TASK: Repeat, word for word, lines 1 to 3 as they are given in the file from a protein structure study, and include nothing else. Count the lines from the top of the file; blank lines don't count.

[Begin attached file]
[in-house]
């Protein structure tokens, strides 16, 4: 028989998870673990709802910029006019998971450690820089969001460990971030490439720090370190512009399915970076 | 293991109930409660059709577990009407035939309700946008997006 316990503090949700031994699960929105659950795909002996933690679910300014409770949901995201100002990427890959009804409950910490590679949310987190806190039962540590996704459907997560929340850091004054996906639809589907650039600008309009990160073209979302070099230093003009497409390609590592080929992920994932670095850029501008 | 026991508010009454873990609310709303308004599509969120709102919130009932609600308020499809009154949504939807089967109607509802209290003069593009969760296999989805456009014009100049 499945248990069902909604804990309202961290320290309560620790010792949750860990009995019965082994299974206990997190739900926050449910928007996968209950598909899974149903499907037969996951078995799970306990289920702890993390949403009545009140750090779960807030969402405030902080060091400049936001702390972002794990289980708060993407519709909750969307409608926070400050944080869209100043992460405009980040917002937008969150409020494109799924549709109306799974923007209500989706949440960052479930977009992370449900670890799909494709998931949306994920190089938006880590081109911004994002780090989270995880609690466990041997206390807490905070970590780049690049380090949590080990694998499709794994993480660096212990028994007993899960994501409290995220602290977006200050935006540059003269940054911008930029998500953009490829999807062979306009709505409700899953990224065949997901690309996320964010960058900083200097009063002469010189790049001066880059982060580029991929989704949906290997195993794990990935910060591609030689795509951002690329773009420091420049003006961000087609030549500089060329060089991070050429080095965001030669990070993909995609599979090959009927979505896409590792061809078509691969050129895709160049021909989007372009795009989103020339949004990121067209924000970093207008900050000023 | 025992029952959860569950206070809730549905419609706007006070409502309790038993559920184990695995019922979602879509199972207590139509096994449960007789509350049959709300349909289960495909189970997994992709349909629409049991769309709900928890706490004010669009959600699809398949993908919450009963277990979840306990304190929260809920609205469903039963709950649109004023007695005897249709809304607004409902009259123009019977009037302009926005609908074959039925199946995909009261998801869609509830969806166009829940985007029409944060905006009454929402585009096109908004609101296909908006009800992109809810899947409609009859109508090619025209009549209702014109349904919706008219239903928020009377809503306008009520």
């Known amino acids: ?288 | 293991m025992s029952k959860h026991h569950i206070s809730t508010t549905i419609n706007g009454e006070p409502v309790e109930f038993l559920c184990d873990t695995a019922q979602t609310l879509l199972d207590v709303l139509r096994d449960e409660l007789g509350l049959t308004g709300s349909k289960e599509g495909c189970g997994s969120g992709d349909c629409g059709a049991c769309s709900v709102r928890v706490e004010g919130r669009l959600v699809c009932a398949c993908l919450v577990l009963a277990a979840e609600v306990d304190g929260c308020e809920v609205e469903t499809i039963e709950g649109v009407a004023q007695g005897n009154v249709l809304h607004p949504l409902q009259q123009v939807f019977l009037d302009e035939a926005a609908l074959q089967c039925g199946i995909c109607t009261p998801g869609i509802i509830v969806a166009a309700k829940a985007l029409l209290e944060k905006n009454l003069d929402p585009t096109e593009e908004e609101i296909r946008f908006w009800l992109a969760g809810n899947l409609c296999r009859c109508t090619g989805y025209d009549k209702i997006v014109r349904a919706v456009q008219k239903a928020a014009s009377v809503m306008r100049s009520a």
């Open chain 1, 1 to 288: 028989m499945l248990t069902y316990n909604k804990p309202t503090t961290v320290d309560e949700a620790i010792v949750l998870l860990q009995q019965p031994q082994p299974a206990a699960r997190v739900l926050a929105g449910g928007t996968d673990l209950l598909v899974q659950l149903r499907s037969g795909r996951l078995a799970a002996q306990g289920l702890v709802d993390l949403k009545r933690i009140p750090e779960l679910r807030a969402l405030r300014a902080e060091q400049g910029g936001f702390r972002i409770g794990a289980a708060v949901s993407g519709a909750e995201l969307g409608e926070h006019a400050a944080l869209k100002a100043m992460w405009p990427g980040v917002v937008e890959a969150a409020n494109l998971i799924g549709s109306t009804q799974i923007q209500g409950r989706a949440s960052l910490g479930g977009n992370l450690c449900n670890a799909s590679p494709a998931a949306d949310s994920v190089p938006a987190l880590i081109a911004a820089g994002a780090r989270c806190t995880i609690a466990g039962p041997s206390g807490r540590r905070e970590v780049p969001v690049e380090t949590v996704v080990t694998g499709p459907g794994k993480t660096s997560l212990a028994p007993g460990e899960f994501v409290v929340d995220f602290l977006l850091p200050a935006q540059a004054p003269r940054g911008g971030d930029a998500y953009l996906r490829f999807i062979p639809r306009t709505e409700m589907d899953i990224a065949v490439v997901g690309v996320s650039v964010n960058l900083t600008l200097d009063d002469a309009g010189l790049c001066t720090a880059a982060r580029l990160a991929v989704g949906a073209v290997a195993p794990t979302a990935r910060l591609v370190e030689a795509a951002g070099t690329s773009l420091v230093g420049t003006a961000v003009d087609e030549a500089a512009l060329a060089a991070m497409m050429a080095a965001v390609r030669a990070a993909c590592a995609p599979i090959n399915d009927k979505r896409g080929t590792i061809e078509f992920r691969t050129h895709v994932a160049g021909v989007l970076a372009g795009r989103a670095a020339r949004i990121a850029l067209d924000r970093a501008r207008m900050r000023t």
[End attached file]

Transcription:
[in-house]
């Protein structure tokens, strides 16, 4: 028989998870673990709802910029006019998971450690820089969001460990971030490439720090370190512009399915970076 | 293991109930409660059709577990009407035939309700946008997006 316990503090949700031994699960929105659950795909002996933690679910300014409770949901995201100002990427890959009804409950910490590679949310987190806190039962540590996704459907997560929340850091004054996906639809589907650039600008309009990160073209979302070099230093003009497409390609590592080929992920994932670095850029501008 | 026991508010009454873990609310709303308004599509969120709102919130009932609600308020499809009154949504939807089967109607509802209290003069593009969760296999989805456009014009100049 499945248990069902909604804990309202961290320290309560620790010792949750860990009995019965082994299974206990997190739900926050449910928007996968209950598909899974149903499907037969996951078995799970306990289920702890993390949403009545009140750090779960807030969402405030902080060091400049936001702390972002794990289980708060993407519709909750969307409608926070400050944080869209100043992460405009980040917002937008969150409020494109799924549709109306799974923007209500989706949440960052479930977009992370449900670890799909494709998931949306994920190089938006880590081109911004994002780090989270995880609690466990041997206390807490905070970590780049690049380090949590080990694998499709794994993480660096212990028994007993899960994501409290995220602290977006200050935006540059003269940054911008930029998500953009490829999807062979306009709505409700899953990224065949997901690309996320964010960058900083200097009063002469010189790049001066880059982060580029991929989704949906290997195993794990990935910060591609030689795509951002690329773009420091420049003006961000087609030549500089060329060089991070050429080095965001030669990070993909995609599979090959009927979505896409590792061809078509691969050129895709160049021909989007372009795009989103020339949004990121067209924000970093207008900050000023 | 025992029952959860569950206070809730549905419609706007006070409502309790038993559920184990695995019922979602879509199972207590139509096994449960007789509350049959709300349909289960495909189970997994992709349909629409049991769309709900928890706490004010669009959600699809398949993908919450009963277990979840306990304190929260809920609205469903039963709950649109004023007695005897249709809304607004409902009259123009019977009037302009926005609908074959039925199946995909009261998801869609509830969806166009829940985007029409944060905006009454929402585009096109908004609101296909908006009800992109809810899947409609009859109508090619025209009549209702014109349904919706008219239903928020009377809503306008009520």
């Known amino acids: ?288 | 293991m025992s029952k959860h026991h569950i206070s809730t508010t549905i419609n706007g009454e006070p409502v309790e109930f038993l559920c184990d873990t695995a019922q979602t609310l879509l199972d207590v709303l139509r096994d449960e409660l007789g509350l049959t308004g709300s349909k289960e599509g495909c189970g997994s969120g992709d349909c629409g059709a049991c769309s709900v709102r928890v706490e004010g919130r669009l959600v699809c009932a398949c993908l919450v577990l009963a277990a979840e609600v306990d304190g929260c308020e809920v609205e469903t499809i039963e709950g649109v009407a004023q007695g005897n009154v249709l809304h607004p949504l409902q009259q123009v939807f019977l009037d302009e035939a926005a609908l074959q089967c039925g199946i995909c109607t009261p998801g869609i509802i509830v969806a166009a309700k829940a985007l029409l209290e944060k905006n009454l003069d929402p585009t096109e593009e908004e609101i296909r946008f908006w009800l992109a969760g809810n899947l409609c296999r009859c109508t090619g989805y025209d009549k209702i997006v014109r349904a919706v456009q008219k239903a928020a014009s009377v809503m306008r100049s009520a």